What content will it have: Also unclear, but will draw heavily from Warner Bros. and HBO.

What else should I know: AT&T is planning a three-tiered service. At the entry level, you get mid-grade movies. Step up to the middle tier and you get better movies and original content. At the highest tier, you get the best movies from the Warner and Turner archives.

Viacom’s Revamped Pluto TV

Live TV on Pluto TV
Source: Pluto TV

Pluto TV made a name for itself by offering a free, streaming version of the cable experience. “Free” is also the reason why media giant Viacom bought Pluto TV in early 2019. Viacom has already started Pluto TV’s transformation into a new kind of streaming service.

When does it launch: Changes are rolling out now.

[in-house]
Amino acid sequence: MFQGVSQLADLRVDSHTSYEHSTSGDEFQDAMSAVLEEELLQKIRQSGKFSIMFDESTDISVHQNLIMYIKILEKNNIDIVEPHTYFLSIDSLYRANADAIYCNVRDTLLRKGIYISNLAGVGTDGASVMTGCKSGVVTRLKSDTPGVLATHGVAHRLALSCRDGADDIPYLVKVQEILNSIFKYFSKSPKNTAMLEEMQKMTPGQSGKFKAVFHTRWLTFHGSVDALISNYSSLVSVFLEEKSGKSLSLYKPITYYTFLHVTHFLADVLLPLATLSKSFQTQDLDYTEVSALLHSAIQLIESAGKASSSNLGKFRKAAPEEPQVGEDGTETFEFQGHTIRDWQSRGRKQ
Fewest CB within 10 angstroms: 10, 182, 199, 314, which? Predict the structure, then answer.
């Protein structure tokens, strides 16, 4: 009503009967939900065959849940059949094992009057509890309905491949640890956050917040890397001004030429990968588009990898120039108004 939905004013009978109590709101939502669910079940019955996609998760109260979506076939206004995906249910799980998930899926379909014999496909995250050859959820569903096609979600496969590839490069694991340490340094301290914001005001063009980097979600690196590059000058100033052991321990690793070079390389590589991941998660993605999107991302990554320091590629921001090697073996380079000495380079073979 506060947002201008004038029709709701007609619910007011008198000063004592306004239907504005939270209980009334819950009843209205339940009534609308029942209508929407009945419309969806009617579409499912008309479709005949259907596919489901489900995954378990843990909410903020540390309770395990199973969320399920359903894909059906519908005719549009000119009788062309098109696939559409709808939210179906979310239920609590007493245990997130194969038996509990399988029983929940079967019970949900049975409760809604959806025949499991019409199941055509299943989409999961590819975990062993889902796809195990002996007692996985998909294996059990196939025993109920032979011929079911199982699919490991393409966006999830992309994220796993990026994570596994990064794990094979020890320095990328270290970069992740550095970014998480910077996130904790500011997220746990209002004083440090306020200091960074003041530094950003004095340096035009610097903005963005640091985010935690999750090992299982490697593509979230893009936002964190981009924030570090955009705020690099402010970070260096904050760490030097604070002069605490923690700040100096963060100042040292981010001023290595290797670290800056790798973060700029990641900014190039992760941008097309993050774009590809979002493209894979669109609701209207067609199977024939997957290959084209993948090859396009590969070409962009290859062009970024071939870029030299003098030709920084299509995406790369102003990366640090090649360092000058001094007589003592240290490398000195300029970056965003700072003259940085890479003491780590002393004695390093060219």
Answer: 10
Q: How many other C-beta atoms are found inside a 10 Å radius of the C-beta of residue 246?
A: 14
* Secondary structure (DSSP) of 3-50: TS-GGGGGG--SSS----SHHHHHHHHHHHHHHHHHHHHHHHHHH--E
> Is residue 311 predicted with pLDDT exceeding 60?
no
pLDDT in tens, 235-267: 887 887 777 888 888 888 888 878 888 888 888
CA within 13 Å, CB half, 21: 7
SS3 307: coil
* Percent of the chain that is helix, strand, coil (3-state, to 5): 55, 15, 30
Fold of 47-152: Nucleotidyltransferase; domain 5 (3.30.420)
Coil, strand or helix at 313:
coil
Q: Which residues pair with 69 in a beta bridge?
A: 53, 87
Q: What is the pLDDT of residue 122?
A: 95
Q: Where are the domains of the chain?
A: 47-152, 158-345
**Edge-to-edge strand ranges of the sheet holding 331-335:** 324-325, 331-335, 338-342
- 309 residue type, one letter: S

Where does it launch: United States with global expansion starting in Latin America.

How much will it cost: Free because of the ads.

What content will it have: The ad-supported TV channels will feature content from MTV, Nickelodeon, BET and Comedy Central as well as Viacom’s film catalog. However, none of the content will be original or less than 18 months old. The freshest content will air first on Viacom’s cable channels.

What else should I know: According to Adweek, Viacom will create “pop-up channels” to promote new shows on its cable channels.

Discovery’s BBC-based Streaming Service

discovery channel cable alternatives cord-cutting
Source: Discovery

Last month, Discovery and the BBC announced they will create a new way to stream fact-based content. The deal includes “hundreds of hours” of BBC documentaries and the companies will co-develop new, original content.

When does it launch: By 2020.